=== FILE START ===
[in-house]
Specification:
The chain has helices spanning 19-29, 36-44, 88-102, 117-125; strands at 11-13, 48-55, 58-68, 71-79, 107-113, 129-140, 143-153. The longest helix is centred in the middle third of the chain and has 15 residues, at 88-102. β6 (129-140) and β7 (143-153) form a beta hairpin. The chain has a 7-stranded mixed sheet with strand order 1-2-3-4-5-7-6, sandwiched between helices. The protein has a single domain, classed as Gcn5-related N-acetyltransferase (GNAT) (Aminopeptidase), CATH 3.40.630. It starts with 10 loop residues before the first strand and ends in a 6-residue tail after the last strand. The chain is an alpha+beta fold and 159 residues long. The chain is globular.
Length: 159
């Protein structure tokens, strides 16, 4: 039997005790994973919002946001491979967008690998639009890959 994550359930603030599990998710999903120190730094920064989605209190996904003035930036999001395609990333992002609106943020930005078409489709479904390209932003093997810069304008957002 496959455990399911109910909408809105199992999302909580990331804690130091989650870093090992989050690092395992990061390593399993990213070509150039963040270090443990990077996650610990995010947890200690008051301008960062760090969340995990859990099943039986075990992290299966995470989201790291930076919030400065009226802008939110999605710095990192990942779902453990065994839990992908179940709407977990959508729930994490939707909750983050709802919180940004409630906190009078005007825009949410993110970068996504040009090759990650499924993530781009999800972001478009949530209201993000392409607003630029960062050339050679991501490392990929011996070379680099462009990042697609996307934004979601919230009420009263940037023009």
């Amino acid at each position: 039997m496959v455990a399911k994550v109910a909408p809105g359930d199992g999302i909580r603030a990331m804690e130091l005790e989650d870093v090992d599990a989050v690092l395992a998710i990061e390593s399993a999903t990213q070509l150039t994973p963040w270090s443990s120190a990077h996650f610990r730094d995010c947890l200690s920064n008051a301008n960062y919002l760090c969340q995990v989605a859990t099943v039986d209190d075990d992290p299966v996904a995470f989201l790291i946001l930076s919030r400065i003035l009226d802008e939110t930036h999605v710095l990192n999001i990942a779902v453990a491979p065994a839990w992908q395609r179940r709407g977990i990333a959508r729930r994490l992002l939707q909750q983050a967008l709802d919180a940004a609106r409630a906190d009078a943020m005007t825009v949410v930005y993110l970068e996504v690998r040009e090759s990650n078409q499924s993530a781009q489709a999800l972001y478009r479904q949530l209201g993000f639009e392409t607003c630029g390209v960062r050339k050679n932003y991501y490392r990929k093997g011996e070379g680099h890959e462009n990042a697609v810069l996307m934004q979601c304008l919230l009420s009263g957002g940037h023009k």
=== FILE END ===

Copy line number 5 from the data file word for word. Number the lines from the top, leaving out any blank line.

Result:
């Protein structure tokens, strides 16, 4: 039997005790994973919002946001491979967008690998639009890959 994550359930603030599990998710999903120190730094920064989605209190996904003035930036999001395609990333992002609106943020930005078409489709479904390209932003093997810069304008957002 496959455990399911109910909408809105199992999302909580990331804690130091989650870093090992989050690092395992990061390593399993990213070509150039963040270090443990990077996650610990995010947890200690008051301008960062760090969340995990859990099943039986075990992290299966995470989201790291930076919030400065009226802008939110999605710095990192990942779902453990065994839990992908179940709407977990959508729930994490939707909750983050709802919180940004409630906190009078005007825009949410993110970068996504040009090759990650499924993530781009999800972001478009949530209201993000392409607003630029960062050339050679991501490392990929011996070379680099462009990042697609996307934004979601919230009420009263940037023009």